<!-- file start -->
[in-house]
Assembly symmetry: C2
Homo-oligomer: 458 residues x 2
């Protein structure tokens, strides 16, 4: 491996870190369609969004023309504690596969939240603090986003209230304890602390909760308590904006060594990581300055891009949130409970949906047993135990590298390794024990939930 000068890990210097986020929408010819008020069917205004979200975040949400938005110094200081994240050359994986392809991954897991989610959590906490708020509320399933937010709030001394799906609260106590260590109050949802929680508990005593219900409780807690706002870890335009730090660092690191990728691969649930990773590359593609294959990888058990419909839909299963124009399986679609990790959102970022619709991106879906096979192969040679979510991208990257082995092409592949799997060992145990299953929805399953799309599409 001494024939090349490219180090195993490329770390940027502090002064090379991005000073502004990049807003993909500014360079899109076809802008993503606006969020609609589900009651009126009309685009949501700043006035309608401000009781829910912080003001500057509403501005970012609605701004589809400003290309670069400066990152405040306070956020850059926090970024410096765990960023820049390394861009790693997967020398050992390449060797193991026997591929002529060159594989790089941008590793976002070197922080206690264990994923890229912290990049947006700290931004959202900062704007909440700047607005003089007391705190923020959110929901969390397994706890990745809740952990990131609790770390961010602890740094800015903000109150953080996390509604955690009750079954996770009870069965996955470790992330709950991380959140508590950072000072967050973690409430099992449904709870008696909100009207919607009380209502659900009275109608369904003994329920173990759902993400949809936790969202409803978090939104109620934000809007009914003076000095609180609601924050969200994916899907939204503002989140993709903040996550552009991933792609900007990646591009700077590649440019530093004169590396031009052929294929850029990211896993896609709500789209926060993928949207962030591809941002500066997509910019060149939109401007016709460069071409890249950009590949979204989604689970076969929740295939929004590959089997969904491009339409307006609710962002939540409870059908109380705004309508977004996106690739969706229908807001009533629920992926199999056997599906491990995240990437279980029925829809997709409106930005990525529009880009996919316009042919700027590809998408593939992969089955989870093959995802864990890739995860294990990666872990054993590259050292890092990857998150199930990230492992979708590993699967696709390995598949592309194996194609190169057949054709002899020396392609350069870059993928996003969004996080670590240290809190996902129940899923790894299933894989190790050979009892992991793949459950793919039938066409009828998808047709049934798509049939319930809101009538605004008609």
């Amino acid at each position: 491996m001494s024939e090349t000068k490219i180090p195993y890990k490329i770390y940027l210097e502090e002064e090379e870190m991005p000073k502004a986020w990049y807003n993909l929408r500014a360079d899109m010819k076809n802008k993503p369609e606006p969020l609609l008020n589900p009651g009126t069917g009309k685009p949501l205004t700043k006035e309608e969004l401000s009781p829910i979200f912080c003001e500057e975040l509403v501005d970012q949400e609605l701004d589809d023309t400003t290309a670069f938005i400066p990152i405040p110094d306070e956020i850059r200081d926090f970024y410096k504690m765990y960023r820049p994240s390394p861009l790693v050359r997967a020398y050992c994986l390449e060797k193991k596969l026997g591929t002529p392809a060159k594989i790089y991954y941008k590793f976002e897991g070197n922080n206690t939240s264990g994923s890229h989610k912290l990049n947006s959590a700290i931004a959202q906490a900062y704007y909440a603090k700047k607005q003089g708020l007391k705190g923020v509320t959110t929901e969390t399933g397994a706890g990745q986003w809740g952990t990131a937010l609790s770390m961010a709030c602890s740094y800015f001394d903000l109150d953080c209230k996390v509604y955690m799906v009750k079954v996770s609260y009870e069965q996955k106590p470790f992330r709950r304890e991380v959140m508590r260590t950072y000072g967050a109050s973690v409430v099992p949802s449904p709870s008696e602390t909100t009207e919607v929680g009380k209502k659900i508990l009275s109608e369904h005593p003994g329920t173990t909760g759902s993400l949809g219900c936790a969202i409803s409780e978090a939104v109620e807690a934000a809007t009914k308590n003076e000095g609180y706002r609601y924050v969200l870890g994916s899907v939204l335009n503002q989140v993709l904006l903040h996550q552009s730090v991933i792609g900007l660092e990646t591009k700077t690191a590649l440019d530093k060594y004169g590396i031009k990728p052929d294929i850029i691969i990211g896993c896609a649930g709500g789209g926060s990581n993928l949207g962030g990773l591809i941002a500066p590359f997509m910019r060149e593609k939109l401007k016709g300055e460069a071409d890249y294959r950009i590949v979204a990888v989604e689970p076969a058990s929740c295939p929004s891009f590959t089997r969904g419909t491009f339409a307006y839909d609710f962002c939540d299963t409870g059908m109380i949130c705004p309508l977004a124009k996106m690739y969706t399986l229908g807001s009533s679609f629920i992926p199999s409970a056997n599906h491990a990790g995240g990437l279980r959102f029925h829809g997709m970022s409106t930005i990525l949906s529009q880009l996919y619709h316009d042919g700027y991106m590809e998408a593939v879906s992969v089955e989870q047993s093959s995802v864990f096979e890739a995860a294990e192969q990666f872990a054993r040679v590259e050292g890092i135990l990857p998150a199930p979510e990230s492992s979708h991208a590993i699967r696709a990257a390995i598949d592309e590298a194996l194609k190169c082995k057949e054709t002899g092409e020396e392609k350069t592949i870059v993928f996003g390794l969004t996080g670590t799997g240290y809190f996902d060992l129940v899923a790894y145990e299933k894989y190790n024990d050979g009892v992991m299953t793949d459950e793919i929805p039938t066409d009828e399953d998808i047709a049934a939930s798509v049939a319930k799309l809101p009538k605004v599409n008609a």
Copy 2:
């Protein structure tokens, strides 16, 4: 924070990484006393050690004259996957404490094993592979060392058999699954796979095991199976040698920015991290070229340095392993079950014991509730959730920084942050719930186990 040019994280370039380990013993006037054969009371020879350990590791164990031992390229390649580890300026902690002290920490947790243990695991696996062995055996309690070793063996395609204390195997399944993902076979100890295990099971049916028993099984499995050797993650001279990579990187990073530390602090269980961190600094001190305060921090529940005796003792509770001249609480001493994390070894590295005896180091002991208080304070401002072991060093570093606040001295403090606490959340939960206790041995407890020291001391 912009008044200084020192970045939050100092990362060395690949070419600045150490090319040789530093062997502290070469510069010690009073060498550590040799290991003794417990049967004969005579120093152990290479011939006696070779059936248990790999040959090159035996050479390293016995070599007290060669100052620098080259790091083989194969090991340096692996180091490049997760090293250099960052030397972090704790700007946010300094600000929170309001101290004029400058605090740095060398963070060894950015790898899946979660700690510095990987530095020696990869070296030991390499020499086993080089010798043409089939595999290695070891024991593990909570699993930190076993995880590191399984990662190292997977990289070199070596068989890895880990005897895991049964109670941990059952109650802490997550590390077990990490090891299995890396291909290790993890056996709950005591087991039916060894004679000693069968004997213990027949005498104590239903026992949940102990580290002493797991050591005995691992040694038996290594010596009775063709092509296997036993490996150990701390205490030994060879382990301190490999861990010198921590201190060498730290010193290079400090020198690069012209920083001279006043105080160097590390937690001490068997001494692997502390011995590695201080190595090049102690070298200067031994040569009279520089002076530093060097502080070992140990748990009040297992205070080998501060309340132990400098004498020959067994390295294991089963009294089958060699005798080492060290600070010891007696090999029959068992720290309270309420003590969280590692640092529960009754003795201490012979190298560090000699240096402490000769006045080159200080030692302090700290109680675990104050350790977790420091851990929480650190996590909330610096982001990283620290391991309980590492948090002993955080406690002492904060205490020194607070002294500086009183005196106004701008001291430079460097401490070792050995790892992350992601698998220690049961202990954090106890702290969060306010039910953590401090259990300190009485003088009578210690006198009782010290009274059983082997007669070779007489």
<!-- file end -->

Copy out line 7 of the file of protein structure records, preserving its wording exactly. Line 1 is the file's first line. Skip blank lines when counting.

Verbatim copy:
């Protein structure tokens, strides 16, 4: 924070990484006393050690004259996957404490094993592979060392058999699954796979095991199976040698920015991290070229340095392993079950014991509730959730920084942050719930186990 040019994280370039380990013993006037054969009371020879350990590791164990031992390229390649580890300026902690002290920490947790243990695991696996062995055996309690070793063996395609204390195997399944993902076979100890295990099971049916028993099984499995050797993650001279990579990187990073530390602090269980961190600094001190305060921090529940005796003792509770001249609480001493994390070894590295005896180091002991208080304070401002072991060093570093606040001295403090606490959340939960206790041995407890020291001391 912009008044200084020192970045939050100092990362060395690949070419600045150490090319040789530093062997502290070469510069010690009073060498550590040799290991003794417990049967004969005579120093152990290479011939006696070779059936248990790999040959090159035996050479390293016995070599007290060669100052620098080259790091083989194969090991340096692996180091490049997760090293250099960052030397972090704790700007946010300094600000929170309001101290004029400058605090740095060398963070060894950015790898899946979660700690510095990987530095020696990869070296030991390499020499086993080089010798043409089939595999290695070891024991593990909570699993930190076993995880590191399984990662190292997977990289070199070596068989890895880990005897895991049964109670941990059952109650802490997550590390077990990490090891299995890396291909290790993890056996709950005591087991039916060894004679000693069968004997213990027949005498104590239903026992949940102990580290002493797991050591005995691992040694038996290594010596009775063709092509296997036993490996150990701390205490030994060879382990301190490999861990010198921590201190060498730290010193290079400090020198690069012209920083001279006043105080160097590390937690001490068997001494692997502390011995590695201080190595090049102690070298200067031994040569009279520089002076530093060097502080070992140990748990009040297992205070080998501060309340132990400098004498020959067994390295294991089963009294089958060699005798080492060290600070010891007696090999029959068992720290309270309420003590969280590692640092529960009754003795201490012979190298560090000699240096402490000769006045080159200080030692302090700290109680675990104050350790977790420091851990929480650190996590909330610096982001990283620290391991309980590492948090002993955080406690002492904060205490020194607070002294500086009183005196106004701008001291430079460097401490070792050995790892992350992601698998220690049961202990954090106890702290969060306010039910953590401090259990300190009485003088009578210690006198009782010290009274059983082997007669070779007489």